On my recent seven week holiday I told one client that I was prepared to do up to one day of work a week for them while I was away, which we were both happy with. Other clients needed little bits and pieces done, and that was fine too. I had pencilled in dates for this holiday six months earlier, making it easier to manage expectations.

My travel tips for the solopreneur are:

  • Block out holiday times at the start of the year. Every January I work out when I want to be away during the year and block it out in my diary – this includes weeks I want to be at our holiday house, and weeks I expect (or hope!) to be away elsewhere. It’s a good starting point, even if the dates do often change.
  • Set aside certain hours each day to work while you are away. I generally stick to Monday to Friday (as I would at home) and I aim to spend an hour in the morning before heading out to do touristy stuff, and an hour in the evening, just to check email and reply to any that are urgent. A lot of the time it doesn’t take this long.
  • Turn off all the push-notifications to your phone or other devices (I keep these all turned off anyway – so irritating), as you don’t want that incessant sound and light when you’re fighting jetlag, or being a tourist.
  • If you know you have a deadline to meet while you’re away and it can’t be avoided, plan your trip around it if you can. I knew there would be three times I needed to work for up to a full day while I was in Europe and the US, and I knew the dates, so I planned around them. This meant I could allocate that time and not feel like I was missing anything more exciting. Yeah, OK, I probably was, but like I said, a few blocks of time allocated to work is a small thing if it means you can have a seven week holiday!
  • Sort out all the technical stuff you need before you go. Book accommodation in places where there is easily-accessible and cheap or free wifi, or decide on whether to buy internet access in your destination country.
  • Work out how you will use your phone while overseas. Will you buy an international SIM or will you rely on Facetime and Skype? Whenever I am overseas I pop a message on my phone saying I’m overseas and back on xx date, and that I’m not contactable by phone until I return. However I’m happy to arrange a Skype call if it’s arranged by email, and I give my email address.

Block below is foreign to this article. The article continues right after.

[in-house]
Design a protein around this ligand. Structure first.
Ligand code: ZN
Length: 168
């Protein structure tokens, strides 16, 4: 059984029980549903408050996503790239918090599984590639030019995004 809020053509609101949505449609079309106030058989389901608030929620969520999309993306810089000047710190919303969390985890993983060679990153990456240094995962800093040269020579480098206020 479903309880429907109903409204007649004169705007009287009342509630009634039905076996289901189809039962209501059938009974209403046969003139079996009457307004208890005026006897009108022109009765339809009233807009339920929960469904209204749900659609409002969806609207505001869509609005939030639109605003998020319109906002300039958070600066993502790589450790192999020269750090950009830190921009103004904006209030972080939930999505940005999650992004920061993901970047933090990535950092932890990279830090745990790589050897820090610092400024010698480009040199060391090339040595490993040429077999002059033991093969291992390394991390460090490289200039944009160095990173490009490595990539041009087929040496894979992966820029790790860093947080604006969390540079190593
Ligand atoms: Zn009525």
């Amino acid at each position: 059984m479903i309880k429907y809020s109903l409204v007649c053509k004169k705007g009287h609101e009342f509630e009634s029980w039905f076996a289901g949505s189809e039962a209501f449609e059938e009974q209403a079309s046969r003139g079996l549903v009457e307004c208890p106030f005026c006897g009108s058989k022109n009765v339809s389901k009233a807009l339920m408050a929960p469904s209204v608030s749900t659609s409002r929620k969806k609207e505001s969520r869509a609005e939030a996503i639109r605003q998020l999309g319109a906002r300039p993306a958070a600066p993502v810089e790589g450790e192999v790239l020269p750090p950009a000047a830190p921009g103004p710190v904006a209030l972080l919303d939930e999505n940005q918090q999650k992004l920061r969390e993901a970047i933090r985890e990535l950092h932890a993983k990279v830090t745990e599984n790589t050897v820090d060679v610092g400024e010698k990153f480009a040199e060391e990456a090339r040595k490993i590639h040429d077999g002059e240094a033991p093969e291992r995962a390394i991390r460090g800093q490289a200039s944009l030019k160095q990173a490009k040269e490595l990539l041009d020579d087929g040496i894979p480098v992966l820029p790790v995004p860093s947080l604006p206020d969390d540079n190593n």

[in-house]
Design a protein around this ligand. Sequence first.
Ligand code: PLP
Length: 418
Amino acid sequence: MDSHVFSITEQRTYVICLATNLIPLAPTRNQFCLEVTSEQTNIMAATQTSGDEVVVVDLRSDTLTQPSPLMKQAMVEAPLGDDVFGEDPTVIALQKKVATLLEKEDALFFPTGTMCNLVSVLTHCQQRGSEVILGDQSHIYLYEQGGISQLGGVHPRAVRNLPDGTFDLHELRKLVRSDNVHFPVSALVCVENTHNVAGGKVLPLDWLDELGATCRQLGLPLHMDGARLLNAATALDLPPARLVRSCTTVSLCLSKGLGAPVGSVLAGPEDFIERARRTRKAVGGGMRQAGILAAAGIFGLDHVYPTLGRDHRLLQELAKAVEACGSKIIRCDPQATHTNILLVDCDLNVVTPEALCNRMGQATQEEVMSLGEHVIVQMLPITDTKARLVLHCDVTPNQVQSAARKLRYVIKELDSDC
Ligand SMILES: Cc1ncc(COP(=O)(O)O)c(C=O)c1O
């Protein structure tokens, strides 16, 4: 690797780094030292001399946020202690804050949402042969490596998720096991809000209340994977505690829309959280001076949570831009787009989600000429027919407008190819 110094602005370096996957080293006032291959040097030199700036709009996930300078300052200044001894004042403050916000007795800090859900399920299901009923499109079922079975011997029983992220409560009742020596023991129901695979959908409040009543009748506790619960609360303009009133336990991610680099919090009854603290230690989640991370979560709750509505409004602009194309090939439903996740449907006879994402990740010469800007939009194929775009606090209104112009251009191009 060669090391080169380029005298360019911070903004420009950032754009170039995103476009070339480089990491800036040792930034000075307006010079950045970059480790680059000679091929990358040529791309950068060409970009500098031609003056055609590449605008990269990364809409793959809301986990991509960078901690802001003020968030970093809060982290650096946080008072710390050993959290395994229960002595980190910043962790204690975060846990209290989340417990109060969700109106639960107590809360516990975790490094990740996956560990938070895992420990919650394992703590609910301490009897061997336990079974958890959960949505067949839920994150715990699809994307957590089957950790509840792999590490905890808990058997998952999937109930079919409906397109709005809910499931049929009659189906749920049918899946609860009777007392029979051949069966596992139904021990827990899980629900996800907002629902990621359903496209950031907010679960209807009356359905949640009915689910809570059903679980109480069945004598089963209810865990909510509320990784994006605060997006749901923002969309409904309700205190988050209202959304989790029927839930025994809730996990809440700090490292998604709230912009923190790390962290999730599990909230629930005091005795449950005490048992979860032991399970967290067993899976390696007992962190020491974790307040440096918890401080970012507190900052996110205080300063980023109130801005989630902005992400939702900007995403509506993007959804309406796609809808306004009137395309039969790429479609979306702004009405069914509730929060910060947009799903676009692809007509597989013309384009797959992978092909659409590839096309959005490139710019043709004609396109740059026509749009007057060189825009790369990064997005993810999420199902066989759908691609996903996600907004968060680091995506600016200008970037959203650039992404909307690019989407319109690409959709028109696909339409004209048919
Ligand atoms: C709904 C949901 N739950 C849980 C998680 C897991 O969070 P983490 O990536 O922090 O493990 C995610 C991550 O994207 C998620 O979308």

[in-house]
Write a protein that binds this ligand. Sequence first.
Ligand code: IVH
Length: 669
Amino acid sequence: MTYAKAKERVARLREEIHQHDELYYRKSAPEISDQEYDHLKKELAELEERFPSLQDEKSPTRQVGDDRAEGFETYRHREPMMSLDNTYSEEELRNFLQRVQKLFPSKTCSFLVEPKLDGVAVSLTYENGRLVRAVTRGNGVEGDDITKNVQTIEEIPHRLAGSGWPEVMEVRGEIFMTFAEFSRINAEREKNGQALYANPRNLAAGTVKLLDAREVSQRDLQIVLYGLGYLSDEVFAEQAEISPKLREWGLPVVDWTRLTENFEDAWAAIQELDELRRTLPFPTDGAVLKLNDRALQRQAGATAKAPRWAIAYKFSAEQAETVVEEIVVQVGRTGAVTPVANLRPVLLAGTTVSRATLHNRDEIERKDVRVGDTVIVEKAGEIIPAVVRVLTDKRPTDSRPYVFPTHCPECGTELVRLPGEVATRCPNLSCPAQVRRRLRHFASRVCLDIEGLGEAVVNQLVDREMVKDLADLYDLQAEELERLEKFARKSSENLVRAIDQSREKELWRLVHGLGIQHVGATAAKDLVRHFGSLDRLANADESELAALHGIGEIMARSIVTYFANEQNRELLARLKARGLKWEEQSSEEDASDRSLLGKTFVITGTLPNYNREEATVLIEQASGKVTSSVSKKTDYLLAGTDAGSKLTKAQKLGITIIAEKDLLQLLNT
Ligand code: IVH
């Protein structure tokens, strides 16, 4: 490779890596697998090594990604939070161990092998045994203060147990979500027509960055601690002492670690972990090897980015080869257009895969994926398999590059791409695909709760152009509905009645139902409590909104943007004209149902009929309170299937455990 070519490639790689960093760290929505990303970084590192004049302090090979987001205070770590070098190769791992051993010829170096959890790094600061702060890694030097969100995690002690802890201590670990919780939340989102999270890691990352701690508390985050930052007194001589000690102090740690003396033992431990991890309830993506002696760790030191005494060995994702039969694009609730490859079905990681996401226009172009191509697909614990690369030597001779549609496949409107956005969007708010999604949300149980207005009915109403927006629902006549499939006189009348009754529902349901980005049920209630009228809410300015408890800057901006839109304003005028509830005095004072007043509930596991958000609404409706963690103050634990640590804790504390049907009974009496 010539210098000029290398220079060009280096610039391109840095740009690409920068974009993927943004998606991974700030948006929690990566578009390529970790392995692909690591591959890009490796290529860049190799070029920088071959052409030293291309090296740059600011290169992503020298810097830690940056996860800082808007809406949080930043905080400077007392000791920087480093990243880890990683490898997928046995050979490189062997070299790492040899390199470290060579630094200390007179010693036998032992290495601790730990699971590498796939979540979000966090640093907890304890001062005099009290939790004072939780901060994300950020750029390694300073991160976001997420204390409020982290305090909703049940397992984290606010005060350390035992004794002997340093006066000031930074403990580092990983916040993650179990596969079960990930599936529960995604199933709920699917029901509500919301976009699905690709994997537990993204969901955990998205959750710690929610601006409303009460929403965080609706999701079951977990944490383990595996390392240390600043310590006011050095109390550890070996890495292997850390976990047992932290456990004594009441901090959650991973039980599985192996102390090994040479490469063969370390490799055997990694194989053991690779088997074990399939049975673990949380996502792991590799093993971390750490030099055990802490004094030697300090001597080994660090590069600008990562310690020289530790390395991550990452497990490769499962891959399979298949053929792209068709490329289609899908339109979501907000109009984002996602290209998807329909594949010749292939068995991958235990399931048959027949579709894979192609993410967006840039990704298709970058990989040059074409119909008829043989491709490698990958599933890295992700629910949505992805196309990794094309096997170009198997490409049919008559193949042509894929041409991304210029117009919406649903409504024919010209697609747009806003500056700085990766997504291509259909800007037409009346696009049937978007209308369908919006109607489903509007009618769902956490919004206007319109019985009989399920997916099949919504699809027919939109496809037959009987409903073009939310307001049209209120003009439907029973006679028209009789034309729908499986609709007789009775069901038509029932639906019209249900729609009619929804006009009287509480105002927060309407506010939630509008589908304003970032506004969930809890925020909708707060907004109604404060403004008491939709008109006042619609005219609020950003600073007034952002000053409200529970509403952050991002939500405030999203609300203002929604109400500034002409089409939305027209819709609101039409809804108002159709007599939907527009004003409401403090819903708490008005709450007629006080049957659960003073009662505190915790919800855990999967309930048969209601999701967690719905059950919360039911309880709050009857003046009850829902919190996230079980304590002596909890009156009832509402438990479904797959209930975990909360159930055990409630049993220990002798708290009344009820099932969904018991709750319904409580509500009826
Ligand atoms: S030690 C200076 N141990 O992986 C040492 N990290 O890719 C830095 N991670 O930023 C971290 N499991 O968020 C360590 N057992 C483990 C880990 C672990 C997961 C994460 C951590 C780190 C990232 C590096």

• I save everything I’m working onto Dropbox while I’m away, and I set up all these files before I leave, so if my laptop is lost or stolen, I still have a record of all the work I’ve done. I also save copies of all travel documents in a Dropbox file and I share that with my travelling companions and at least two family members at home. Just in case.
  • Be aware of international time zones – I use the world clock feature on my phone and I plug in all the time zones I’m travelling to. This way I won’t accidentally Skype a client at 2am.
  • Have travel insurance. I buy a 12 month policy that covers me for domestic as well as international travel. Don’t leave home without it.
  • Pack all your essential work tools (laptop, any hard copy client files or notes, etc) in your carry on luggage. This includes the charging devices. Make sure everything is fully charged up before any long travel days.
  • Take the time before you go away to prepare so you don’t have to spend as much time working while you are away. Do as much work as you can before you leave home.

Do you take loads of holidays-with-laptop? What are your tips??

If you want a few tips on how to have holidays without the dreaded weight gain, read my post on that over on The cook’s notebook.

Please note: This post has been submitted to the Virgin Australia competition for the ProBlogger Event, highlighting my Top Travel Tips.